Perhaps the greatest tragedies of all time have occurred when people have received the promised blessings of the Lord and then have forgotten the source of their good life. Moses cautioned the people of Israel against this natural inclination when he said:
“Beware that thou forget not the Lord thy God, in not keeping his commandments, and his judgments, and his statutes. …
“Lest when thou hast eaten and art full, and hast built goodly houses, and dwelt therein;
“And when thy herds and thy flocks multiply, and thy silver and thy gold is multiplied, and all that thou hast is multiplied;
“Then thine heart be lifted up, and thou forget the Lord thy God. …
“And thou say in thine heart, My power and the might of mine hand hath gotten me this wealth.” (Deut. 8:11–14, 17; emphasis added.)
Returning to the account in Alma to which I made earlier reference, not many years passed away from the time of prosperity described in such glowing terms until the people began to take all of the credit for the good times unto themselves. We find this sad entry in Alma’s record:
“And it came to pass in the eighth year of the reign of the judges, that the people of the church began to wax proud, because of their exceeding riches, and their fine silks, and their fine-twined linen, and because of their many flocks and herds, and their gold and their silver, and all manner of precious things, which they had obtained by their industry; and in all these things were they lifted up in the pride of their eyes. …
“The people of the church began … to set their hearts upon riches and upon the vain things of the world, that they began to be scornful, one towards another.” (Alma 4:6, 8.)
The same cycle occurred in the days of Helaman. At one point Helaman describes his people in this way:
“And it came to pass that in this same year there was exceedingly great prosperity in the church, insomuch that there were thousands who did join themselves unto the church and were baptized unto repentance.
“And so great was the prosperity of the church, and so many the blessings which were poured out upon the people, that even the high priests and the teachers were themselves astonished beyond measure.” (Hel. 3:24–25.)
It was not long until the full cycle was completed, however. Within five years from the period just cited, Helaman makes this report regarding members of the Church: “And in the fifty and first year of the reign of the judges there was peace also, save it were the pride which began to enter into the church—not into the church of God, but into the hearts of the people who professed to belong to the church of God—
“And they were lifted up in pride, even to the persecution of many of their brethren” (Hel. 3:33–34).
These abrupt changes in the condition of the people led Helaman to lament:
“And thus we can behold how false, and also the unsteadiness of the hearts of the children of men; yea, we can see that the Lord in his great infinite goodness doth bless and prosper those who put their trust in him.
“Yea, and we may see at the very time when he doth prosper his people, yea, in the increase of their fields, their flocks and their herds, and in gold, and in silver, and in all manner of precious things of every kind and art; sparing their lives, and delivering them out of the hands of their enemies; … and in fine, doing all things for the welfare and happiness of his people; yea, then is the time that they do harden their hearts, and do forget the Lord their God” (Hel. 12:1–2).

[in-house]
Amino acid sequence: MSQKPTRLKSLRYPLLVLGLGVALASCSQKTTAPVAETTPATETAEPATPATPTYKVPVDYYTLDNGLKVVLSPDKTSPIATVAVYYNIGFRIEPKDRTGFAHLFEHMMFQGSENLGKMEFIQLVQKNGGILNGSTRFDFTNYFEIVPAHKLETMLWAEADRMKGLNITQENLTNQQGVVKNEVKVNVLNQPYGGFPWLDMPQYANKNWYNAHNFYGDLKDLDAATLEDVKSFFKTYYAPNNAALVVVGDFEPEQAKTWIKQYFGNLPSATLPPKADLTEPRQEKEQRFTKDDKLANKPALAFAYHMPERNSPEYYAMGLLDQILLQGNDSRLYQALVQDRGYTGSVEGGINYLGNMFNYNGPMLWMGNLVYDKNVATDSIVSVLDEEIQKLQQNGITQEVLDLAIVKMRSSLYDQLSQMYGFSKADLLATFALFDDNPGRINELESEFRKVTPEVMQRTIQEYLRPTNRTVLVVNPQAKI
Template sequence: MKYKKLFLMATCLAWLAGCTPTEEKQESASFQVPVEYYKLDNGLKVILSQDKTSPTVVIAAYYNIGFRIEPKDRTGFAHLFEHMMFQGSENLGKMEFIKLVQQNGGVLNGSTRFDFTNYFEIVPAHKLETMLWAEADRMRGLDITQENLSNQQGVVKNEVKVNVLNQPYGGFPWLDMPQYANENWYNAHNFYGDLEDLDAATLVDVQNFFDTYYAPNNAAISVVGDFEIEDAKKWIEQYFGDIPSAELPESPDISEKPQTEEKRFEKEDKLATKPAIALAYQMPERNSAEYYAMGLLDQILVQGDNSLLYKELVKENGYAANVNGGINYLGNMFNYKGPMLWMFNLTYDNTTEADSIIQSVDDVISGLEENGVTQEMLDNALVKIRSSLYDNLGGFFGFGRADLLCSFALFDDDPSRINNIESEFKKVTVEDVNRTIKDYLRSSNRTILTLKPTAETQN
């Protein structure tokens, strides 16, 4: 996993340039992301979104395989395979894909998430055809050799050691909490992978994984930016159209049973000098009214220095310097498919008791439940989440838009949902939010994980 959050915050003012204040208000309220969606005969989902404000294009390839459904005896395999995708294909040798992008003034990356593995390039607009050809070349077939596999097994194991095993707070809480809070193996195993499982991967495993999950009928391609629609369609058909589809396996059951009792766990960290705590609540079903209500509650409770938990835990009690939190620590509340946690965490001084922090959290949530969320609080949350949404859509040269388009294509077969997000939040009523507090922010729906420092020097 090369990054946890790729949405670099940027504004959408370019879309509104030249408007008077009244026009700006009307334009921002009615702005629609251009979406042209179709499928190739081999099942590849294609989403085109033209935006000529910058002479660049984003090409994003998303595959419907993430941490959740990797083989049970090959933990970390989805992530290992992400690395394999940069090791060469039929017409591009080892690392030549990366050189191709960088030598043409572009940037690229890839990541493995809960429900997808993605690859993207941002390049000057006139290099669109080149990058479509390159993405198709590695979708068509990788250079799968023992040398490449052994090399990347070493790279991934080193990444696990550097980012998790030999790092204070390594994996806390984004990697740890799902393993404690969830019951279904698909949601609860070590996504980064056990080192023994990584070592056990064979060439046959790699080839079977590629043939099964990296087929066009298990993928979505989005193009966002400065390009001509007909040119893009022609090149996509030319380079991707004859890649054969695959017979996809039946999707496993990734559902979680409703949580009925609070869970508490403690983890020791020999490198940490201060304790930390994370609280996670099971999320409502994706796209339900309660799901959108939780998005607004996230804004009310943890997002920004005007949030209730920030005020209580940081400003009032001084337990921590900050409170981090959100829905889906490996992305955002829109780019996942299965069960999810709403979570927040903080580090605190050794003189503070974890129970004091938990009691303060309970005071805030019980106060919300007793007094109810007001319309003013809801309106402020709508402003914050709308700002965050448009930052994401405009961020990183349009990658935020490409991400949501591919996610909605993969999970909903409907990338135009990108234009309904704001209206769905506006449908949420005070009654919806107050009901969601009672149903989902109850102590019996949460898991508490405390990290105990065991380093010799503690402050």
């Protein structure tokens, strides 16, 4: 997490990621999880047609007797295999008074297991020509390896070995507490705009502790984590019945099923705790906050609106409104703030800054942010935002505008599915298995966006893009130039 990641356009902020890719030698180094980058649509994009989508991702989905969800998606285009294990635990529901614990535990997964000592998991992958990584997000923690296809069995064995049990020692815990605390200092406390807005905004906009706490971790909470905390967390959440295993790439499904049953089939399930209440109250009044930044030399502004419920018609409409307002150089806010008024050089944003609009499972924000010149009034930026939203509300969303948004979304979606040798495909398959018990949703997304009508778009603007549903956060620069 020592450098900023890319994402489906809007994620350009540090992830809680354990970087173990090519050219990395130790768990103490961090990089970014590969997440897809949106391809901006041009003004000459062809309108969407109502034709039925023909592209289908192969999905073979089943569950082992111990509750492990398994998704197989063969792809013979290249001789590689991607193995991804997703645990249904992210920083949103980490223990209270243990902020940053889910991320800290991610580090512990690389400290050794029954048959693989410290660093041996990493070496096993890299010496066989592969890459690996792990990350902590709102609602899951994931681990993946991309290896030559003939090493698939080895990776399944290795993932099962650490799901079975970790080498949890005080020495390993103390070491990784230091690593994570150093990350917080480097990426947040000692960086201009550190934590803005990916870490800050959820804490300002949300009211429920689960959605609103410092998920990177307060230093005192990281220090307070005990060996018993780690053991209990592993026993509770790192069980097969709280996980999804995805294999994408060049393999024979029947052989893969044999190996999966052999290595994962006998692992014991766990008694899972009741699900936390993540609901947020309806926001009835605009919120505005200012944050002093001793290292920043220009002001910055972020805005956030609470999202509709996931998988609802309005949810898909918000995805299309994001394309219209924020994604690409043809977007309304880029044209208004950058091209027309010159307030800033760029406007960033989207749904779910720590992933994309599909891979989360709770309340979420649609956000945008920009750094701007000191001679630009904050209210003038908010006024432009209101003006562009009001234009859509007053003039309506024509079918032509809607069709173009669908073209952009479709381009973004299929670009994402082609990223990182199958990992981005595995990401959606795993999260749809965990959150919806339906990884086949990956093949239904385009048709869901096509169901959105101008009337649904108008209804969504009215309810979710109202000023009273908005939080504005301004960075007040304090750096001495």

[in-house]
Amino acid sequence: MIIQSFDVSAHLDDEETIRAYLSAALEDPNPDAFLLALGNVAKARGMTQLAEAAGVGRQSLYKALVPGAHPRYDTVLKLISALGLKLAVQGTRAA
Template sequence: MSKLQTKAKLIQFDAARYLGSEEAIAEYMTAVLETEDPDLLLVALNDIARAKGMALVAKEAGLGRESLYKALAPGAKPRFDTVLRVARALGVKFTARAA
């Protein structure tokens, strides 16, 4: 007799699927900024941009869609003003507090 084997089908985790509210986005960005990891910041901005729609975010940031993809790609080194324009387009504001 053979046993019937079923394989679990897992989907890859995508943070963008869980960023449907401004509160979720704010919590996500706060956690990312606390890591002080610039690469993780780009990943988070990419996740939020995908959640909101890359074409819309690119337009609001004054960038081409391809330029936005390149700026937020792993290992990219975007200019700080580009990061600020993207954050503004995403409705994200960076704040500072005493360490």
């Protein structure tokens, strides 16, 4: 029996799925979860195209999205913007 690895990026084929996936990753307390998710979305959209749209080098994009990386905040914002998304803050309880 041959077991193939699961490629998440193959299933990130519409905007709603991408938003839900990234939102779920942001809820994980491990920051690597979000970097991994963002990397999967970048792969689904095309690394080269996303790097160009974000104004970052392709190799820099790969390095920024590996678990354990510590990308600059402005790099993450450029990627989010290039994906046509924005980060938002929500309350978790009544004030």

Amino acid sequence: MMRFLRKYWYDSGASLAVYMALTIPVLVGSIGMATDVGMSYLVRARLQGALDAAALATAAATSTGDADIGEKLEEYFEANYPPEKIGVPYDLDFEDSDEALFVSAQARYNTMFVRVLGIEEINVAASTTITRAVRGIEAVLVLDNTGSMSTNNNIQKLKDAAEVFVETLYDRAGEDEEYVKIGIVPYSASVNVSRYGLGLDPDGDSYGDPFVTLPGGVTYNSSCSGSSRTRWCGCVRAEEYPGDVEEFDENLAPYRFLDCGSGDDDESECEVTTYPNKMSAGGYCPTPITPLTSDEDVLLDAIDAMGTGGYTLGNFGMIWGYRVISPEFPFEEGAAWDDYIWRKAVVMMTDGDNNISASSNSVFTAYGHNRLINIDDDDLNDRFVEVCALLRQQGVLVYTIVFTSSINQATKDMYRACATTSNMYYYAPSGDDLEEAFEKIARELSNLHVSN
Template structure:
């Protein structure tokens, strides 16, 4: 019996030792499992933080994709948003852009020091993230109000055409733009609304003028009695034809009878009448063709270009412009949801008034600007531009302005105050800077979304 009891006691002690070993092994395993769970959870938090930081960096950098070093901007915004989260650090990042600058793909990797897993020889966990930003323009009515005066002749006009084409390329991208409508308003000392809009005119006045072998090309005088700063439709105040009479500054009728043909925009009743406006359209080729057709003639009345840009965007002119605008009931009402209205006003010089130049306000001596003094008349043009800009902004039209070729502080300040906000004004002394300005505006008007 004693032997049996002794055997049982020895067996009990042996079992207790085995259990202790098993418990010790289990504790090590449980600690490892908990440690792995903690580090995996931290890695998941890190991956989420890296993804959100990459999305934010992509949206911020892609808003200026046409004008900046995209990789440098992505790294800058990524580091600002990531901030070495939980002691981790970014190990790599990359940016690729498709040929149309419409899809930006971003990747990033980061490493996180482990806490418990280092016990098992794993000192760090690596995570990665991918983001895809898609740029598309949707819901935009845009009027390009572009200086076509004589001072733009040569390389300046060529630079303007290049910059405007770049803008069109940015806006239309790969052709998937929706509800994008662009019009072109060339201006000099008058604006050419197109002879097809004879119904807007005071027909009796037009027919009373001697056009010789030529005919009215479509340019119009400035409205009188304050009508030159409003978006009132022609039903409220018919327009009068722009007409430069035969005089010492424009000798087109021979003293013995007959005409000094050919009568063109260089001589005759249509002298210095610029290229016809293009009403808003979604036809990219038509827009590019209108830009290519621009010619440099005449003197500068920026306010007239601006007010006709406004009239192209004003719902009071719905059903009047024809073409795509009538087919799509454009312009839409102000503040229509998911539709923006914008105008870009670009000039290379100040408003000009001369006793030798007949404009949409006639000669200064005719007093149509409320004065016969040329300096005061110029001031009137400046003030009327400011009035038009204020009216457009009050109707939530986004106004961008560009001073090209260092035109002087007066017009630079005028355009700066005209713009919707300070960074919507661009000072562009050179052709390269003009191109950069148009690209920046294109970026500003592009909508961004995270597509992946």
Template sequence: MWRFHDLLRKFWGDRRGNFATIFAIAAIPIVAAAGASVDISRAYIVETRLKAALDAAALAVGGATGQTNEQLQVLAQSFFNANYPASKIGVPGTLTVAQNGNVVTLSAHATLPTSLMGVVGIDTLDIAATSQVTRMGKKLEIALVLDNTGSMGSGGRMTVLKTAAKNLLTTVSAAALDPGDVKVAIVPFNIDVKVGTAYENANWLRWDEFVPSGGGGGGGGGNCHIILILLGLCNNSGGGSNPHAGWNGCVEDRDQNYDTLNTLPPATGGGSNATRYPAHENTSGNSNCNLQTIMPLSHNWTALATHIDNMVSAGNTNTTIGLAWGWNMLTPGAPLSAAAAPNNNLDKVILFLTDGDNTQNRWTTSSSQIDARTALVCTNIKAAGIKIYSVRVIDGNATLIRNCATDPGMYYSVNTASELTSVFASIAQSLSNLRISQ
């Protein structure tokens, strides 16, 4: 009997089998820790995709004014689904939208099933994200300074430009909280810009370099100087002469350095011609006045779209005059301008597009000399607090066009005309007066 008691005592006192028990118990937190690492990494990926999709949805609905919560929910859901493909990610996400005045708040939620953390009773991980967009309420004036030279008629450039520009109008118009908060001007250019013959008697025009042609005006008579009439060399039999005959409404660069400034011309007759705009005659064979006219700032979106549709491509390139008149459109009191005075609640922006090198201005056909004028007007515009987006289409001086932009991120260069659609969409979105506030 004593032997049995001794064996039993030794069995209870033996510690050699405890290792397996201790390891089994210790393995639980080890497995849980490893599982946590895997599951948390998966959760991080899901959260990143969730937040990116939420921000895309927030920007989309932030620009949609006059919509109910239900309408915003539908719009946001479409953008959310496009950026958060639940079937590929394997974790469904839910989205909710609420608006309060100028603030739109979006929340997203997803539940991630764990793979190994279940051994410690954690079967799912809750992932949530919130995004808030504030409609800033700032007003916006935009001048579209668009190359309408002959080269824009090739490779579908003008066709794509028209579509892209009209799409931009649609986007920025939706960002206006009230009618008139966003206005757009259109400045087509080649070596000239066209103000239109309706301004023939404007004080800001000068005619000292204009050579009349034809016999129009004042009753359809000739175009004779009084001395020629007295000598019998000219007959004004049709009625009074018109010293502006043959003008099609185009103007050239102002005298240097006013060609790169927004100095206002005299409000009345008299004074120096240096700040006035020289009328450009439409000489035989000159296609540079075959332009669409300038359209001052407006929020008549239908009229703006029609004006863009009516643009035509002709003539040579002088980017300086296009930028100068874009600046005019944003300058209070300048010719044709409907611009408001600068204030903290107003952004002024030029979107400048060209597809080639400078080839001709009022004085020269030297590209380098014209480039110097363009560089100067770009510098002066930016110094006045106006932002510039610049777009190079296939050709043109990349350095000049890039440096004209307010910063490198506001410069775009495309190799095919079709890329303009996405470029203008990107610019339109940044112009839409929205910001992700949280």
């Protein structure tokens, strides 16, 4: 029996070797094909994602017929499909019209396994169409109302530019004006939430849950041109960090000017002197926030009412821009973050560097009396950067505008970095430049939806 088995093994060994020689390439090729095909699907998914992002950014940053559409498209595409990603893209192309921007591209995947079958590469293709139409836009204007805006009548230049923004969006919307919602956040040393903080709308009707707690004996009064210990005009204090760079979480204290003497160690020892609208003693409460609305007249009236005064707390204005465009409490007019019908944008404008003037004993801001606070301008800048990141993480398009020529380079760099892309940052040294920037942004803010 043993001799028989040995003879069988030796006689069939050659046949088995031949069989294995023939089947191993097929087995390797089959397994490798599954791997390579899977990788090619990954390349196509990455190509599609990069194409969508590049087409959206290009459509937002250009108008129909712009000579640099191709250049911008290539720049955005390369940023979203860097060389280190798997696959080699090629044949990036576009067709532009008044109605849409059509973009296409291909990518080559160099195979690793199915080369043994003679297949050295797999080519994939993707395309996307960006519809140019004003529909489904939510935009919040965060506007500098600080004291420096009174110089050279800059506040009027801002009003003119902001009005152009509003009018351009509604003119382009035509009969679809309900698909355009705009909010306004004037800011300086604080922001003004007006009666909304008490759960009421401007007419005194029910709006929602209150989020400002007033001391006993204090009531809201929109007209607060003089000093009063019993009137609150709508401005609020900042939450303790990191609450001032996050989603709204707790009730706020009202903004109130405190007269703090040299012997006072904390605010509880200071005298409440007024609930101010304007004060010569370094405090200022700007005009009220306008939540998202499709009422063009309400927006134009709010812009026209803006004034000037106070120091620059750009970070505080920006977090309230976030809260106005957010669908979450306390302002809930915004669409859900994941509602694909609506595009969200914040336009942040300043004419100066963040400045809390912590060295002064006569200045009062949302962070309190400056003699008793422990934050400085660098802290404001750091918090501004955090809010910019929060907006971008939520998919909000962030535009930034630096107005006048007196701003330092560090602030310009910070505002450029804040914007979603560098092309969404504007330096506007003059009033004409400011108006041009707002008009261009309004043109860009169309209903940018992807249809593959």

It is one thing to look back upon the events of history. It is another to regard our own time. We have the Lord’s assurance that he will bless and prosper his people if they will keep his commandments and remember to look to him as the source of their blessings.
On the other hand, we must not forget that these blessings are conditional. As King Limhi warned his people, “For behold, the Lord hath said: I will not succor my people in the day of their transgression; but I will hedge up their ways that they prosper not; and their doings shall be as a stumbling block before them” (Mosiah 7:29).
As bearers of the priesthood to whom the Lord has entrusted the leadership for his work, we must look carefully at our own lives. And we must assess honestly the level of faith and obedience of our people. Too many of the indicators are not encouraging. Only a small percentage of the Church members worldwide are tithe payers today. For many who live in conditions of material poverty, there may be no other way to escape their impoverishment than to give obedience to this law. As I visit among the stakes of the Church, I find it is not uncommon to discover that fewer than 50 percent of the households are contributing to the fast offerings of the Church, and the trends are not improving.
We have reached a point where more of our adult men are becoming prospective elders than are receiving the Melchizedek Priesthood. About half of the endowed members of the Church hold current temple recommends. Reports of other violations of the Lord’s law are a source of concern.
These indicators may seem to carry a direful tone, but as Enos declared in the Book of Mormon, sometimes it is necessary to resort to “exceedingly great plainness of speech” (Enos 1:23).
As the world continues to ripen in iniquity, our lives of necessity must become increasingly different from the world and its standard. It will be a great challenge for us. We must be better than we have ever been before. As we succeed, we have the sure promise of the Lord that he will prosper us in every way necessary for our well-being. That is my faith and my testimony. But it is a conditional promise. May we qualify for its fulfillment in our lives and in our time is my earnest prayer in the name of Jesus Christ, amen.